Circumnavigating aboard a sailboat seems it cannot be without detour. Mid-December, part of the Oddgodfrey crew ended up moving into a temporary land apartment and visiting the Seychelles Emergency Room after discovering her self-identity to be far too wrapped up in hopping. Join us in this post t

Source: Manic Positivity From the Back Seat of a Rental Chariot — OddGodfrey: The Oddly Compelling Story of a Sailing Circumnavigation of the World

Vrai Vert

The star of a sheepdog demonstration. In Ireland, which is unfailingly and intensely green.

Think anyone will see through my cleverly disguised title? Surely nobody who reads this will know any French? Oh, what? Well, I’m not picking on TruGreen in particular, but they’ve been bugging me lately. Actually, the rest of this post applies to any lawn care company, so far as I know.

Know what a truly healthy lawn looks like? It ain’t a greensward, I’ll tell you that. A healthy lawn includes a wide variety of types of grass and other plants, probably has fungus growing in it, and will also probably be full of worms and insects, and it will never look like a “Lawn Care” lawn. Look at the picture above of that Irish pasture (there were sheep in the demonstration also.) The grass, green and lush, is lumpy, and, if you could look closely enough, contains several species of grass, clovers, dandelions, and who knows what all else? The farmer doesn’t care for perfection in the appearance of grass; he doesn’t need a lawn. He needs a productive meadow so that he can raise healthy sheep, and that means that he needs a healthy crop of grass for the sheep to eat. And healthy grass is messy, and not at all like what so many people talk themselves into wanting.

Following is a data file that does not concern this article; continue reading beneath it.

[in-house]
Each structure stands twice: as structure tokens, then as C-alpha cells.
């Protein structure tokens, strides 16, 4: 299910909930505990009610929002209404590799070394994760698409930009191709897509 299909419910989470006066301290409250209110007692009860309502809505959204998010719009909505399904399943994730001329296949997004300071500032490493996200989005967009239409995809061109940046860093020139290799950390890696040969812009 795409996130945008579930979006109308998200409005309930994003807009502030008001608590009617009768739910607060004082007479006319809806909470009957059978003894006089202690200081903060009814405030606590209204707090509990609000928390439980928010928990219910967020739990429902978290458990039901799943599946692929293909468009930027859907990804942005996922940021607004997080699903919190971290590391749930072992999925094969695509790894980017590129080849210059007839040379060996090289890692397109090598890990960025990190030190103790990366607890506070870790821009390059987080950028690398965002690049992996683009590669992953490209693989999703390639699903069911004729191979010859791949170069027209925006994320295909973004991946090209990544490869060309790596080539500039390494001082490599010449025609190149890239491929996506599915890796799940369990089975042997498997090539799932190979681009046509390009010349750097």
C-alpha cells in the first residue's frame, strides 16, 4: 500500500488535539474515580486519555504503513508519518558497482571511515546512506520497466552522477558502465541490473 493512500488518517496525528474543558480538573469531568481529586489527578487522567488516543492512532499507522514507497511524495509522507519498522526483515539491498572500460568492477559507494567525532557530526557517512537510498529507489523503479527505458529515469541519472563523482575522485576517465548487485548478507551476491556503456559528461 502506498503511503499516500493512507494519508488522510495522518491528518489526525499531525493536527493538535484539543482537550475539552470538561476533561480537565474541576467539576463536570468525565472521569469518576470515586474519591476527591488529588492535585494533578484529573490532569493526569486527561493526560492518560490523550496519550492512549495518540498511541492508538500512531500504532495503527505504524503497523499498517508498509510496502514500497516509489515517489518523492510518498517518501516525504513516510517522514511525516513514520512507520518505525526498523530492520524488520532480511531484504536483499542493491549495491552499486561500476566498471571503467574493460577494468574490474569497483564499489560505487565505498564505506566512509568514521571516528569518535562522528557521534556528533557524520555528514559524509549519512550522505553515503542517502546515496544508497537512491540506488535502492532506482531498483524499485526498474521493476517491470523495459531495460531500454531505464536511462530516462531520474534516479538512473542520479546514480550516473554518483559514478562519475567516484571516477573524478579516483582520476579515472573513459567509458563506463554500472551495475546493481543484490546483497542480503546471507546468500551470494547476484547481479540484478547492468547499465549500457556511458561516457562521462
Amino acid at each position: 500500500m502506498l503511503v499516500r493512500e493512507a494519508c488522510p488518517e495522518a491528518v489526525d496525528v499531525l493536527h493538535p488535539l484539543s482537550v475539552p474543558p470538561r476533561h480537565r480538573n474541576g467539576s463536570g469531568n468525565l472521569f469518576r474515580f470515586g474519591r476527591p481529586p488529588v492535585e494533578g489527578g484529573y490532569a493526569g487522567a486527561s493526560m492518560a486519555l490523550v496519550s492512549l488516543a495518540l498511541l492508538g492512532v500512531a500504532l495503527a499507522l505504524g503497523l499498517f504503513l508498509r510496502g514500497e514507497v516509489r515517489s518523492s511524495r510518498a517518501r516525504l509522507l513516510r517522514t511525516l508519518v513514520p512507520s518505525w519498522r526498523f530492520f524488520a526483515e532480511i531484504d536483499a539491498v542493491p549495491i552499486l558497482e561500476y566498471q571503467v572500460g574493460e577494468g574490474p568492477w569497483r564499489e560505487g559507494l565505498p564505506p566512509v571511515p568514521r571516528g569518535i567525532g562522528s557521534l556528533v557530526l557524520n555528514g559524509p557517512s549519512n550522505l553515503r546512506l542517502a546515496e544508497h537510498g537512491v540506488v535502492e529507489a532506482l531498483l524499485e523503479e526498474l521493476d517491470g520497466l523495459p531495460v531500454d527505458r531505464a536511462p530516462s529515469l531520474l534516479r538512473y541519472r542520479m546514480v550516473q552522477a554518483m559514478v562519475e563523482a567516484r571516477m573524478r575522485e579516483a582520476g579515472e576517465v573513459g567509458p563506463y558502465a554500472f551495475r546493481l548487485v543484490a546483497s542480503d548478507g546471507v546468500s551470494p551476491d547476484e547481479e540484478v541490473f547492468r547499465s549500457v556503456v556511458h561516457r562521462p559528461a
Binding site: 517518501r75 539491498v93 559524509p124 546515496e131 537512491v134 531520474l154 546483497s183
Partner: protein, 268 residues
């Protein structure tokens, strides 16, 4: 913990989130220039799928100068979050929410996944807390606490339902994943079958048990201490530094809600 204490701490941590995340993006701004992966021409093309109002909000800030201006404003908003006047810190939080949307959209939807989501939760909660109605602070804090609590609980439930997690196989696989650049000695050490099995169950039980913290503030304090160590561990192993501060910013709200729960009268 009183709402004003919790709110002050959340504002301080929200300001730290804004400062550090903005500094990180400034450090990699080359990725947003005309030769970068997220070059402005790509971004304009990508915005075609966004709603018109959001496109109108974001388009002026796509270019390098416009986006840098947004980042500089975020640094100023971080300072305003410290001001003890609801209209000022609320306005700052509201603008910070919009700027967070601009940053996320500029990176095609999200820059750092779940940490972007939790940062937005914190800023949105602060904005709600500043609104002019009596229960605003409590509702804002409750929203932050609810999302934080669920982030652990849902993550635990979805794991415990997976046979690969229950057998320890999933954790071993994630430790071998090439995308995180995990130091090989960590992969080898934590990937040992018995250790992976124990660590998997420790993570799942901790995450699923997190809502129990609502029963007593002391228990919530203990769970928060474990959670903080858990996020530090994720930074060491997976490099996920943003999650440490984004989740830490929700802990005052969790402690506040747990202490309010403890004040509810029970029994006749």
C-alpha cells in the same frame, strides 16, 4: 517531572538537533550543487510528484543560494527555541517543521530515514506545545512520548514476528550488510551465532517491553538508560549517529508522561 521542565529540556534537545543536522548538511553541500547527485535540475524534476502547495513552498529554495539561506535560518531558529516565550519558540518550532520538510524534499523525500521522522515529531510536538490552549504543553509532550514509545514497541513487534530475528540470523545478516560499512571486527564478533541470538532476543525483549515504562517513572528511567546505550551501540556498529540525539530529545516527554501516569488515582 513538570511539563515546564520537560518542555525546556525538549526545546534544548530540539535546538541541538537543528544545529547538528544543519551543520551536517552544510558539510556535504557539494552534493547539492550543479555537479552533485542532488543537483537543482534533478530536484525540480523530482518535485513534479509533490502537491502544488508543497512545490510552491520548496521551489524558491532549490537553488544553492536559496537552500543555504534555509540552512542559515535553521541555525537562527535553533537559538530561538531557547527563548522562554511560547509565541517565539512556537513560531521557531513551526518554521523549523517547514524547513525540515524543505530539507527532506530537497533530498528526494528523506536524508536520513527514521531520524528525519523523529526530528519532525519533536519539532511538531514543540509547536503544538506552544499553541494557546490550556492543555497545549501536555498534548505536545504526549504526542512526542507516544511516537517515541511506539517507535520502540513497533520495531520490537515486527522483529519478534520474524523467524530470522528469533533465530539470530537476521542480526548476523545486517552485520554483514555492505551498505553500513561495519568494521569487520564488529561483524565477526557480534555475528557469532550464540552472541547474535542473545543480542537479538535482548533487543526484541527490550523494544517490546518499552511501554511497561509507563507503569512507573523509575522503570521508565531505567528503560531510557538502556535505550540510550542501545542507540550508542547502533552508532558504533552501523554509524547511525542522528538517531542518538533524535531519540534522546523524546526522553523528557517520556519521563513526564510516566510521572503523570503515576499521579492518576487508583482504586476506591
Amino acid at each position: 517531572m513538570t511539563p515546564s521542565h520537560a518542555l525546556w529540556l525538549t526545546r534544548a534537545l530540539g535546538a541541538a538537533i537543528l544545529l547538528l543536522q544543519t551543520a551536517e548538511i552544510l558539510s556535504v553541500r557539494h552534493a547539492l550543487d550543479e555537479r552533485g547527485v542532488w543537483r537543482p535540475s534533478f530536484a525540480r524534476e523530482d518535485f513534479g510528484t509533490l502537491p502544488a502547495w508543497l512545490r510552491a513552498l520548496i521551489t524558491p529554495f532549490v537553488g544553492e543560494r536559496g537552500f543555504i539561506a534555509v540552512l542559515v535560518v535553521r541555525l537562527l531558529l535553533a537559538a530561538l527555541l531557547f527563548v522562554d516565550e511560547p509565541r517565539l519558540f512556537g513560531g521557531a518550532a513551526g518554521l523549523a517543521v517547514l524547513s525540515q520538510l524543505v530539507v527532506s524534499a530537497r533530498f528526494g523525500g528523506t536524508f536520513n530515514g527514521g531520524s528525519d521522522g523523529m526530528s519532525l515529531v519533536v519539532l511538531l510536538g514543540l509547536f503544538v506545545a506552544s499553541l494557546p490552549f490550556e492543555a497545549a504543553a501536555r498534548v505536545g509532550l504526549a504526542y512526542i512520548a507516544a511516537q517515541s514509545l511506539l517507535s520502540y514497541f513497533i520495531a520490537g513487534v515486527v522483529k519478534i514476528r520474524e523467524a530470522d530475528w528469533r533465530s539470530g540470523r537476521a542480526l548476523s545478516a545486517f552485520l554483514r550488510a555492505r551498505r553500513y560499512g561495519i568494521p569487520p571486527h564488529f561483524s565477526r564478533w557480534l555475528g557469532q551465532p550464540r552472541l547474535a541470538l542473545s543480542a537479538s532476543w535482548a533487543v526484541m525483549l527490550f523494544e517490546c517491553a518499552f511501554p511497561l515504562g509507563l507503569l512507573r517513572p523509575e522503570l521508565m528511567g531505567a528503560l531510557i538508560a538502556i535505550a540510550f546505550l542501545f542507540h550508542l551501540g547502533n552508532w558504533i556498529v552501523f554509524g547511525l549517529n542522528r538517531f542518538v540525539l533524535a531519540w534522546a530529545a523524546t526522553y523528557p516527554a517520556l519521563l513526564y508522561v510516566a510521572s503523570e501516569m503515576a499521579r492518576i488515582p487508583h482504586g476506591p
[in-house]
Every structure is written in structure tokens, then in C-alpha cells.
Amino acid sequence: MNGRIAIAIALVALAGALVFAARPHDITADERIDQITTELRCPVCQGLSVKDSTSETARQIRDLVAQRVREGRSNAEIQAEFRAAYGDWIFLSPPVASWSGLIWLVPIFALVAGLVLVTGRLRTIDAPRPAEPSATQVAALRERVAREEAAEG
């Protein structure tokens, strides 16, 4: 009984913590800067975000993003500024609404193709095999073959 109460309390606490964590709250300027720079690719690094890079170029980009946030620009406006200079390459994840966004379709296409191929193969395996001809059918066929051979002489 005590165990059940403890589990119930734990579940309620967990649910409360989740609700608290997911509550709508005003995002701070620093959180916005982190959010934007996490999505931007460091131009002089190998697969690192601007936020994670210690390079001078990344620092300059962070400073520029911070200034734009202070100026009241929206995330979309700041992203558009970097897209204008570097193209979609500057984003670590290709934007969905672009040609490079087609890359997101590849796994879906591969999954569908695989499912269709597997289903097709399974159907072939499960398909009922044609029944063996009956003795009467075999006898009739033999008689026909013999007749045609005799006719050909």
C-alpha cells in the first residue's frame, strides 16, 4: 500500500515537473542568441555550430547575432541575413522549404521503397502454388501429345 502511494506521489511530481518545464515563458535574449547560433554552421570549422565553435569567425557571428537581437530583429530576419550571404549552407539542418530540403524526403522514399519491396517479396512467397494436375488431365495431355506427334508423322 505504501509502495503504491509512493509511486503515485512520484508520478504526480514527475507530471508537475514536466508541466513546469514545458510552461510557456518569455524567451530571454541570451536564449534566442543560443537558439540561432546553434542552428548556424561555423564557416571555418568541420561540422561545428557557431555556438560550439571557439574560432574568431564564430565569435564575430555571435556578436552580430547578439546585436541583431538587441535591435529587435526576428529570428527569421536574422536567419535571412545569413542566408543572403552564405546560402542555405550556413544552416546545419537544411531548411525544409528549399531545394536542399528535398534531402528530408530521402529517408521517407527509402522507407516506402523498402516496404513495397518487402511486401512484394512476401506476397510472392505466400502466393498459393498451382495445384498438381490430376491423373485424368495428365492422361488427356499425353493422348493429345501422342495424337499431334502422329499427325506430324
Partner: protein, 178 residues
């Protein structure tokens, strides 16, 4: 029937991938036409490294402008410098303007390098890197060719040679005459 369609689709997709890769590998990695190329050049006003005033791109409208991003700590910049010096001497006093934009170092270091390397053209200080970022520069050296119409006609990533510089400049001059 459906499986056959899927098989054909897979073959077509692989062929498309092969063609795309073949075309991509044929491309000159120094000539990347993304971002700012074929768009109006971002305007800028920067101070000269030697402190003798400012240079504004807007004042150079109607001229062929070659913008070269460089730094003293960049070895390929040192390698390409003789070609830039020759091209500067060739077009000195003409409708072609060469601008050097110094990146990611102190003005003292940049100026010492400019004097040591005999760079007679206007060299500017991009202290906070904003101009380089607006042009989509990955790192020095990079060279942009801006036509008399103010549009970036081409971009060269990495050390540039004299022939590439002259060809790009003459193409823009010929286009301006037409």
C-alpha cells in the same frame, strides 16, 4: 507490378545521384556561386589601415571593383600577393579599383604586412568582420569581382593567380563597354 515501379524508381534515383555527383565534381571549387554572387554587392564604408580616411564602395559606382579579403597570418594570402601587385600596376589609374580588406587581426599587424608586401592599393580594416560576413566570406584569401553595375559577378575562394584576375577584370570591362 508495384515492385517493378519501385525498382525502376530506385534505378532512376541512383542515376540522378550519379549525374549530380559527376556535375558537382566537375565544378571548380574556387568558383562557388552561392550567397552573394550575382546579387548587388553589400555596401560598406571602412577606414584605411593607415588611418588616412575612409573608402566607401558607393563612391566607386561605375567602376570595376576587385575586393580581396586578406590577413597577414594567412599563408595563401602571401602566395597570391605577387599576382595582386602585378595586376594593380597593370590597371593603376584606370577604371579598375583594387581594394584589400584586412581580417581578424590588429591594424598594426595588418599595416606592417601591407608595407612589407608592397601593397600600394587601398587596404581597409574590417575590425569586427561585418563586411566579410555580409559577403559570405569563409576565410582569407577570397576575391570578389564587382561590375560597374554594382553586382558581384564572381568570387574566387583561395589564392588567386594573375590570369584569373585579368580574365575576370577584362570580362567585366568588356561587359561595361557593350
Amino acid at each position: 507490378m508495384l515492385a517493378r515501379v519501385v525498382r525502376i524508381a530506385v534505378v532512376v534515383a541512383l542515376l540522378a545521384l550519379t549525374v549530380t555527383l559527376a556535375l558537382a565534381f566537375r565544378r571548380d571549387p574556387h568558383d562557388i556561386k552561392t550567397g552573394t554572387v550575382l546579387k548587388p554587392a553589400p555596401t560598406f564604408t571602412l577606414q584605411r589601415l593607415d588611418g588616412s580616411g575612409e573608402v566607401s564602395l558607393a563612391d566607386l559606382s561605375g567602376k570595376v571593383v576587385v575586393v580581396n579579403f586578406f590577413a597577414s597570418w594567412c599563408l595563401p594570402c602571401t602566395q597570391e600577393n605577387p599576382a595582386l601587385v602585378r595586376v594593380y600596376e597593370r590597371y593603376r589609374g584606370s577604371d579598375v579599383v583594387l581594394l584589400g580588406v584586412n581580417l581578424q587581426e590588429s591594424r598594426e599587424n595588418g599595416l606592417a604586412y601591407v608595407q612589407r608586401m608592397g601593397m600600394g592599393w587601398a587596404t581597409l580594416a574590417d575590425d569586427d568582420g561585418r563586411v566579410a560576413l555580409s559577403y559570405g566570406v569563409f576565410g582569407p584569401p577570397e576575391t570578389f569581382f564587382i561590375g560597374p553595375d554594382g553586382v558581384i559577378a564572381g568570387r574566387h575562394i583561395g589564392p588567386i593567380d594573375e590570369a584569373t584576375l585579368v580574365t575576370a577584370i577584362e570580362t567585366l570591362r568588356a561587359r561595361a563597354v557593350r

A “Lawn Care” lawn is a monoculture. What happens when a pathogen for whatever plant species is used comes along? Well, it will all die, which is why those companies spend so much time adding ever more chemicals to “keep the grass healthy.” Not sure it does much for people or pets, but what the heck, the lawn looks great, right?

Well, maybe to someone who has no idea how grass is supposed to look. I walk our dogs around the neighborhood every day. Most properties in Vegas don’t have grass at all, but of those who do, there is a split between the perfectly manicured, unhealthy types, and the messy but healthy types. The thing is, both are equally green, if that’s what you’re after. Ireland is the greenest place you could imagine, and nobody tends the meadows at all. They’re diverse, messy, healthy, and won’t poison sheep, dog, or human. So, I come to my final point, which is, please, if you insist on raising a lawn, make it a healthy, diverse and messy one. Don’t use some service that only promotes the further use of its own dangerous chemicals. In the long run, you, your pets, your kids, and the world will be a lot happier if you do.

The Shake Up Part Three: Sun Tzu Style Vindication, By Katherine Hepburn — OddGodfrey: The Oddly Compelling Story of a Sailing Circumnavigation of the World

Katherine Hepburn takes her revenge on poor tiny Coco De Mere for the infraction of sharing in Turkey Gibblets, only to return to Sonrisa and find life to be shaken up in another even less happy way. Leslie is gone. Where could she be?

Source: The Shake Up Part Three: Sun Tzu Style Vindication, By Katherine Hepburn — OddGodfrey: The Oddly Compelling Story of a Sailing Circumnavigation of the World

The Shakeup, Part Two: An Unwelcome Visitor, By Katherine Hepburn — OddGodfrey: The Oddly Compelling Story of a Sailing Circumnavigation of the World

Join us in this blog post as Thanksgiving is celebrated aboard the Three Boat Raft of S/V Sonrisa, S/V Steel Sapphire, and S/V Erie Spirit and Katherine Hepburn’s paw is forced to mischief as her territory is breached by a tiny, orange and white cat named Coco De Mere.

Source: The Shakeup, Part Two: An Unwelcome Visitor, By Katherine Hepburn — OddGodfrey: The Oddly Compelling Story of a Sailing Circumnavigation of the World

The Shakeup, By Katherine “Kitty” Hepburn — OddGodfrey: The Oddly Compelling Story of a Sailing Circumnavigation of the World

The routines of life onboard S/V Sonrisa have experienced a shakeup recently, and the ship’s cat, Katherine Hepburn, is the least approving of these changes. In the next series of posts, she will fill you in on more than one area of tumult – probably in a bid for some sympathy if she is going to be